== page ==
America has had trade sanctions for many years against Iran, so I stand by my statement that America is the wrong country to be in there looking over their shoulder. As I understand it, from their perspective, America is exceedingly controlling and overstepping the bounds of propriety and has been trying to control and pressure them in a hostile fashion for a long time. I think they desire to make the point that America does not rule them and will not rule them. Regardless of how young the overall population is, in most countries, it is older men who run the country. The men in power likely are old enough to remember when the Shah was in power. And it seems to me that the expressed desire to control their nuclear program without outside interference and the position they have taken that it is a nuclear power program and not a nuclear weapons program and "please butt out" is very much in line with a desire to be self-determined -- something America has clearly been trying to deny them via pressure from trade sanctions. I think trade sanctions go back about 25 years and in all that time, they have not caved to the pressure. Why should they cave now?

  8. #58
    Cyburbian dobopoq's avatar
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    Quote Originally posted by abrowne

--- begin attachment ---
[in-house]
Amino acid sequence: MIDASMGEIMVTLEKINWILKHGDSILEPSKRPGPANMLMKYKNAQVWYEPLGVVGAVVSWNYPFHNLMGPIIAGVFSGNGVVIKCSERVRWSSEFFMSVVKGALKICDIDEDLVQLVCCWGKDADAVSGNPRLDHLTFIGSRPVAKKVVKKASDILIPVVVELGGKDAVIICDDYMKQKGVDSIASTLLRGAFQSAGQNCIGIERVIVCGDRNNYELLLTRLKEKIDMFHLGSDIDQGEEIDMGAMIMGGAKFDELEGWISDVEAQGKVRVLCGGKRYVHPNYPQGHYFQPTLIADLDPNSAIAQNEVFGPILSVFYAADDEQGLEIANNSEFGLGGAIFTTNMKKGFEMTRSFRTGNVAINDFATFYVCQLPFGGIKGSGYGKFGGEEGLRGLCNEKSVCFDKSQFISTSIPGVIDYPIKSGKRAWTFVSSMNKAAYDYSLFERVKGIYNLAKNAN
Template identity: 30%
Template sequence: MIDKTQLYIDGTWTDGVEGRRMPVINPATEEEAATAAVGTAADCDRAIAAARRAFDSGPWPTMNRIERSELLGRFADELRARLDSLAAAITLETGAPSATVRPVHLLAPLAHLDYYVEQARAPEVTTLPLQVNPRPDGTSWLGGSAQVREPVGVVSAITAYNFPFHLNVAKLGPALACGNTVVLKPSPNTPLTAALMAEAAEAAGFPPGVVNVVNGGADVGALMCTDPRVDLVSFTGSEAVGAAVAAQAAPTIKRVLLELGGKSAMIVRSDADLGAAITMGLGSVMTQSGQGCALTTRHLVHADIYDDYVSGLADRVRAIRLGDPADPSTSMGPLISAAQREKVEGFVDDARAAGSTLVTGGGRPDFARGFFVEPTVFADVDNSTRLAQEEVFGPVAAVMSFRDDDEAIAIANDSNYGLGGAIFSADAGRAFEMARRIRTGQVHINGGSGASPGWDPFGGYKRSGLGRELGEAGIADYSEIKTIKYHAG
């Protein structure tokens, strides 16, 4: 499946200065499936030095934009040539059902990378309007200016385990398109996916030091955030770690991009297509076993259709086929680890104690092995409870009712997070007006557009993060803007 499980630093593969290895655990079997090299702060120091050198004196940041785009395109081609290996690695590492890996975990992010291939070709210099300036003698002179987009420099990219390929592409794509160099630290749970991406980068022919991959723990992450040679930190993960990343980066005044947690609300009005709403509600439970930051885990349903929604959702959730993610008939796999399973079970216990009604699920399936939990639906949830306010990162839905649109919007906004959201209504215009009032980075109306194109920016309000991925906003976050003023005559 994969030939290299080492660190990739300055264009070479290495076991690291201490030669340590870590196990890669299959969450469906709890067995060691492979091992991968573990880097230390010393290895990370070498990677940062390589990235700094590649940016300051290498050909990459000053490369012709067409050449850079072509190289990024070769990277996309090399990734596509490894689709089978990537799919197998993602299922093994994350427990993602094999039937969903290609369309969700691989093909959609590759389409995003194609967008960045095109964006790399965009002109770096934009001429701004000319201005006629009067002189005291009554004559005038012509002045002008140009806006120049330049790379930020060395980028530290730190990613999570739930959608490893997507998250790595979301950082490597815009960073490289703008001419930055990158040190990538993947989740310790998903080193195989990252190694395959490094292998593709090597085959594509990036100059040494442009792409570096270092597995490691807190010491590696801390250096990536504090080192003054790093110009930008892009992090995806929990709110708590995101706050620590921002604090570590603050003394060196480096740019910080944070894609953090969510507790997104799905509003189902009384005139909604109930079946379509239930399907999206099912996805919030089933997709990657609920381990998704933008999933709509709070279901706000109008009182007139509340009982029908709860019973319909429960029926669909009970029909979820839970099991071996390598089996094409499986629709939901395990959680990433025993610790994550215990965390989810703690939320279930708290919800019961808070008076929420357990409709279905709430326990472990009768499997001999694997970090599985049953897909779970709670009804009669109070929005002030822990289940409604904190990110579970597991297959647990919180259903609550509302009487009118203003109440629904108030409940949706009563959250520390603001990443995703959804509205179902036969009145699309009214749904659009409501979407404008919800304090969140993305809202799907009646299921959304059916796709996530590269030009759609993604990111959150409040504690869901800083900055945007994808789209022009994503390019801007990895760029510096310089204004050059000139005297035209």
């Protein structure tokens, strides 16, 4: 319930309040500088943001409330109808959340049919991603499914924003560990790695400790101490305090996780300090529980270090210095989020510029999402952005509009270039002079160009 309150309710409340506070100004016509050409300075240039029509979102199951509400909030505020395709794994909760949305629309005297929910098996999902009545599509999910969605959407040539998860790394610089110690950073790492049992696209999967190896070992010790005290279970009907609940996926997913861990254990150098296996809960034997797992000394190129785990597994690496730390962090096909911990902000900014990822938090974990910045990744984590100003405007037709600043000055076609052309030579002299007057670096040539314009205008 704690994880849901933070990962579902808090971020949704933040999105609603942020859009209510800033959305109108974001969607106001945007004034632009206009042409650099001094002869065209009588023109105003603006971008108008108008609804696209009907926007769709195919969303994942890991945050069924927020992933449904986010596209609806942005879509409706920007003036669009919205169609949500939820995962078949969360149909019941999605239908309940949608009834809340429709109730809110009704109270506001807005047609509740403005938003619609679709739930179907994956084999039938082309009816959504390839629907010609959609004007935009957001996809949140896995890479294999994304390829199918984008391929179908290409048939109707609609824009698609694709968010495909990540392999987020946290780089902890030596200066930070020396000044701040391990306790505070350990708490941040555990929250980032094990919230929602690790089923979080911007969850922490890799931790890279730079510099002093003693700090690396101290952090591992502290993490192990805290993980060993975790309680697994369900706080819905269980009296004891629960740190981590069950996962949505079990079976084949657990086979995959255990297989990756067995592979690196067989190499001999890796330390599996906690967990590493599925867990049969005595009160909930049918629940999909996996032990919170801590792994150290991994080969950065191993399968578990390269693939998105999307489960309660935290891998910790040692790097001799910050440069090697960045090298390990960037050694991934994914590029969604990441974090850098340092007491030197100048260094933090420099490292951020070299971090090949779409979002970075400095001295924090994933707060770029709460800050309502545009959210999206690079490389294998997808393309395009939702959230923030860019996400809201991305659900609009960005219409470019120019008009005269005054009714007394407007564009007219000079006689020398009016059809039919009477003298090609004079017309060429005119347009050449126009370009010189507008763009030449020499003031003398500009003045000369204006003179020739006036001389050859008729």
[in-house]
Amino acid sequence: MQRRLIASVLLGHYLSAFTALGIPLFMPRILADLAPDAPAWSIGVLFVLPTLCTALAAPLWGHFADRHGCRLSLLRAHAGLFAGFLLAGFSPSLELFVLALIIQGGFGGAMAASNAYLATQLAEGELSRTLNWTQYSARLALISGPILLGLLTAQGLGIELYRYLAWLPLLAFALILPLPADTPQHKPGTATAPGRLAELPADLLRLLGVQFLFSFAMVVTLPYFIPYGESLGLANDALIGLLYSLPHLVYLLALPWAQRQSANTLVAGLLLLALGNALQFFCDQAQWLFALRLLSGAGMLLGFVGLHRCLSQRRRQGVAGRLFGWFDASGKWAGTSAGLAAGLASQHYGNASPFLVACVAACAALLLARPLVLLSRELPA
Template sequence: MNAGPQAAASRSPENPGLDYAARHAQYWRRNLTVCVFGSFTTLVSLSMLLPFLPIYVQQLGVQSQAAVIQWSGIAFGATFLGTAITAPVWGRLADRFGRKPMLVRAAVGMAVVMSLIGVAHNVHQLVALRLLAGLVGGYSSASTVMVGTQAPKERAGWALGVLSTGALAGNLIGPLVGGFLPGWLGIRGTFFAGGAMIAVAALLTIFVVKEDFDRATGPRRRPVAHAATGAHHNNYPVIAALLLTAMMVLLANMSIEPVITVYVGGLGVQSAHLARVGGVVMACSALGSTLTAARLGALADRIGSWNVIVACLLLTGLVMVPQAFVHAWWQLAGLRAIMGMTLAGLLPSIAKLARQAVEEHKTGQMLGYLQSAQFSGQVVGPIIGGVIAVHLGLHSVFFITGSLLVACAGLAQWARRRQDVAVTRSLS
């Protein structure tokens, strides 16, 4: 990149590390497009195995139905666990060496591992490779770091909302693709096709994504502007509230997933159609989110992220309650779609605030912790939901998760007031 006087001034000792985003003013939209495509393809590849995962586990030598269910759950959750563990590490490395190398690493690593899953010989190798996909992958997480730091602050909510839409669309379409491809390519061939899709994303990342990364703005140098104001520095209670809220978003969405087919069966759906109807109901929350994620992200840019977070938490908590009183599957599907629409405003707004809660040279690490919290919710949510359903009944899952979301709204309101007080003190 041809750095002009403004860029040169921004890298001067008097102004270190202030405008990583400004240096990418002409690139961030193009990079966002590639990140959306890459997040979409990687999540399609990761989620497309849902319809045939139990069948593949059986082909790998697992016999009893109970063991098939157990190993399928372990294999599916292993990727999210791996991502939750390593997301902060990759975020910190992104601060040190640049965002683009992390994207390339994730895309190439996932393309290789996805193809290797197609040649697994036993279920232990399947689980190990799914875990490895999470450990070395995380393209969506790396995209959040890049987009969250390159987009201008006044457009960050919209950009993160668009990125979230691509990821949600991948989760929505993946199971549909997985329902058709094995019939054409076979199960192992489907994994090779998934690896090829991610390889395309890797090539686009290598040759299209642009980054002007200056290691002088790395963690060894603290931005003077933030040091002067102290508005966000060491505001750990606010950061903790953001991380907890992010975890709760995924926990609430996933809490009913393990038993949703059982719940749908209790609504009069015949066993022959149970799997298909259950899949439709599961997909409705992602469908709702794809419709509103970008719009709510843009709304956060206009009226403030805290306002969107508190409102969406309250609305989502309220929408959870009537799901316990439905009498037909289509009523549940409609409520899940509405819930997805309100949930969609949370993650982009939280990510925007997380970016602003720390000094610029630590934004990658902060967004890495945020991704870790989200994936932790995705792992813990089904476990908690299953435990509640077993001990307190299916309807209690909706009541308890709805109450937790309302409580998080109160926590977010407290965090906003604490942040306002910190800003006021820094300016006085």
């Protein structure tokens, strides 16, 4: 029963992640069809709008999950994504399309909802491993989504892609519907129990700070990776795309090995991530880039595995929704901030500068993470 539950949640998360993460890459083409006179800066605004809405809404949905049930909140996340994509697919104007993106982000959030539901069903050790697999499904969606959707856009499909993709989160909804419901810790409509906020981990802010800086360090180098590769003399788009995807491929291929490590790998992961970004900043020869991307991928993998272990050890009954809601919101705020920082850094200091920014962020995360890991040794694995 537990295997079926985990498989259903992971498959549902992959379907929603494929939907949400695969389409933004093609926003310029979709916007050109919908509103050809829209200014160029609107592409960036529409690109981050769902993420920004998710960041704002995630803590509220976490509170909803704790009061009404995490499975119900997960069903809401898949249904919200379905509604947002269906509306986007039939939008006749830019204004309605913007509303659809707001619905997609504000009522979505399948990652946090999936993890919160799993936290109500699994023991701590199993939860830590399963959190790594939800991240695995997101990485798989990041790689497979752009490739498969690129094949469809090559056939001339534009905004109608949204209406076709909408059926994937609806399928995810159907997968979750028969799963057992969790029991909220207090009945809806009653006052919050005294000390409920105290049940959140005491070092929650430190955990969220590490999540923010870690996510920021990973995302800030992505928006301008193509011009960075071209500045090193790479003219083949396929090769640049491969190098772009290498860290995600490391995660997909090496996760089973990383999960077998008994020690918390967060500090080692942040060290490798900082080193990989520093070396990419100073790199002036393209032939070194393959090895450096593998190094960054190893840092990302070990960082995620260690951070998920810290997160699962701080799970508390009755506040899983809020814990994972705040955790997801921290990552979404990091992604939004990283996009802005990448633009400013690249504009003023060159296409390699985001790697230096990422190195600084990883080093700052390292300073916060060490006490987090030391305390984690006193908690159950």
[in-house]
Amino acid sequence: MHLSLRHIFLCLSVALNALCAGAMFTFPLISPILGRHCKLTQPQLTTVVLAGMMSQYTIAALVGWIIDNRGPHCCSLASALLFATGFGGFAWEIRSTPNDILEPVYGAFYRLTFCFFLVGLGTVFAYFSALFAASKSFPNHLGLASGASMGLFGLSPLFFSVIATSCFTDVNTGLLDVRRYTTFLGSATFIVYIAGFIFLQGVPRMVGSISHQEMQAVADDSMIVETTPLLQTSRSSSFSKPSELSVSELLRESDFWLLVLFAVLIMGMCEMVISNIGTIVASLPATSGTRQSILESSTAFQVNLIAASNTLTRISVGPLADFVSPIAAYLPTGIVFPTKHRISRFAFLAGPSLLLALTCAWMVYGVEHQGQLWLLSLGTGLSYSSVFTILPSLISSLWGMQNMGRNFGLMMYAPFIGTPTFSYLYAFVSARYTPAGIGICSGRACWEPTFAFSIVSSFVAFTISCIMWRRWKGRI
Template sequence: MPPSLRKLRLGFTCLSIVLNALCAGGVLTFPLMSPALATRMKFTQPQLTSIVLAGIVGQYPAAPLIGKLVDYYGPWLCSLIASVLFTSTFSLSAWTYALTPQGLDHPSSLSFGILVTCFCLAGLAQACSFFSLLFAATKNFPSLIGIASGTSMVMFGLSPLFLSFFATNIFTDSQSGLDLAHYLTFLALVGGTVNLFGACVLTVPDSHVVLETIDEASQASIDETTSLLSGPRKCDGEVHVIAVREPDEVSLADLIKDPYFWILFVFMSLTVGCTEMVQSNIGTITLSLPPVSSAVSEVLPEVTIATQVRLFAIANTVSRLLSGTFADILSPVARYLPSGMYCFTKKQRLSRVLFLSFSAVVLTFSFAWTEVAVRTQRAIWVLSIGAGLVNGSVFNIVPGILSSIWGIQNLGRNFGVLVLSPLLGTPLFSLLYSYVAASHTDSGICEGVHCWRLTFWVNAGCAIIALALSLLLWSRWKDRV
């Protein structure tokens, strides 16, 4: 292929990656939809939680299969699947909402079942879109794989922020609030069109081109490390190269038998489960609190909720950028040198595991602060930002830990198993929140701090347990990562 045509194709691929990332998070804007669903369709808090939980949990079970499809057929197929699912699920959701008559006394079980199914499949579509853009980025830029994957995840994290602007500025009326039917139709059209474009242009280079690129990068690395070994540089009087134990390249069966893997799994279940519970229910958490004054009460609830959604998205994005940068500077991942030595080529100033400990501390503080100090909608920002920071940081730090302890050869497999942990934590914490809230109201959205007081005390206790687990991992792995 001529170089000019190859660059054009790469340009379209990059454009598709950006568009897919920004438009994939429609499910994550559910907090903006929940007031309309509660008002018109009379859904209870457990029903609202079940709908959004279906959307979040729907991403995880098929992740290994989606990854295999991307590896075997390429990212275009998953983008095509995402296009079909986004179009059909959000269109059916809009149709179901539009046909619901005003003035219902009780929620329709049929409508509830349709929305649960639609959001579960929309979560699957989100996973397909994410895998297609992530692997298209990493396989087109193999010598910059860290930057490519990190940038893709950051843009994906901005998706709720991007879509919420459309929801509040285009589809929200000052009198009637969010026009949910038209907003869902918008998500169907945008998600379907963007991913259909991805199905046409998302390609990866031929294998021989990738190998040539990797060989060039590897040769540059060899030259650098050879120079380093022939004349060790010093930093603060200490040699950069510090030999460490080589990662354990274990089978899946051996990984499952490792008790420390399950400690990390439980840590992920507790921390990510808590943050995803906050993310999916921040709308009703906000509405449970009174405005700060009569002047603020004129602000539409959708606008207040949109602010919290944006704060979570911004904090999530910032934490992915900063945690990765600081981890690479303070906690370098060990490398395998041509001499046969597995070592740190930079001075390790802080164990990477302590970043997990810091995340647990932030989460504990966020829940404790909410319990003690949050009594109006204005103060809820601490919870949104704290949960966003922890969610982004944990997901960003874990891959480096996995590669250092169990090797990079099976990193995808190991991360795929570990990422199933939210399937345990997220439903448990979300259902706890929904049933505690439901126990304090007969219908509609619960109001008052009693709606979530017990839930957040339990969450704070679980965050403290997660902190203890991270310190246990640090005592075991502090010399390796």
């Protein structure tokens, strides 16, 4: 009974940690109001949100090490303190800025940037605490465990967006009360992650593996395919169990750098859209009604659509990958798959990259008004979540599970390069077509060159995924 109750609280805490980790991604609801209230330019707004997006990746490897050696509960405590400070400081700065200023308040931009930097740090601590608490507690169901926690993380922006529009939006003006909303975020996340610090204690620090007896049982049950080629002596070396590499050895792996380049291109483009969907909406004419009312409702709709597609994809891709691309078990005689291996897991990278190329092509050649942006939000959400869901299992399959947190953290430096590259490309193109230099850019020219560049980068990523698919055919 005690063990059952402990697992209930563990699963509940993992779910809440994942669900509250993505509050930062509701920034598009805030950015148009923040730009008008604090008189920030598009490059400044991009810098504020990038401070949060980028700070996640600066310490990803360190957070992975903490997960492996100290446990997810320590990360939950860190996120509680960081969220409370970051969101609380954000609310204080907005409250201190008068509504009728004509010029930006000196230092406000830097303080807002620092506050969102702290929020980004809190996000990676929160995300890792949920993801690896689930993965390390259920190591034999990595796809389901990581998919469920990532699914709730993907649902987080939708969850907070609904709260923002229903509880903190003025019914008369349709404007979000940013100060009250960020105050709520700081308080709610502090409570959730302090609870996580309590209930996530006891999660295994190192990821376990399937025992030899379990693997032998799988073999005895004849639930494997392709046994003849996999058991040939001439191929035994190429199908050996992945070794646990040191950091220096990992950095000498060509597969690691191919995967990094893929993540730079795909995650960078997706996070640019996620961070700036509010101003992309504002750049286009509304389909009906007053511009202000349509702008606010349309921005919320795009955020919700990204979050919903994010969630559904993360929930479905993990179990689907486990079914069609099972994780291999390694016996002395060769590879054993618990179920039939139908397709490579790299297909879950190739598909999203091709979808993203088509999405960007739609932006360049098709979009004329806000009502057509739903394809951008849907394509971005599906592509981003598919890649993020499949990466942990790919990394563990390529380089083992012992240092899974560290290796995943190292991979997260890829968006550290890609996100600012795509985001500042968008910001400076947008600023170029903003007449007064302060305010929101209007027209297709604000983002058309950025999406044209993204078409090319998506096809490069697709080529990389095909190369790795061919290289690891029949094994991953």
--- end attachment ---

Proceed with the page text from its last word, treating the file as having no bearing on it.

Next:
No.

    Do Americans think the Swedes are dumb because they are blonde?
    Hair color is hereditary. Whether to shave or let facial hair grow, is cultural.

    I admit to not having read the thread through earlier. But now that I have, I would again echo the thought that Iran has good reason to want nukes. While it does seem that even the most NRAish among us would agree that the fewer nations/terrorists who have nukes the better, this is an untenable expectation to have for the long-term. You can speak about being logical all you want, but justifying a need for a preemptive military assault to prevent others from obtaining weapons that we already have is a failure of ethics.

    jresta seems to have particularly keen insights about Iran.

    Booty note: I think Iranian women are hot! Let's make love, not war.
    "The current American way of life is founded not just on motor transportation but on the religion of the motorcar, and the sacrifices that people are prepared to make for this religion stand outside the realm of rational criticism." -Lewis Mumford

  9. #59
    Cyburbian Michele Zone's avatar
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    RE: beards. Can anyone find out if beards really are the norm in Iran? Or could that be another inaccurate assumption, just like the reference to them being "Arabs"?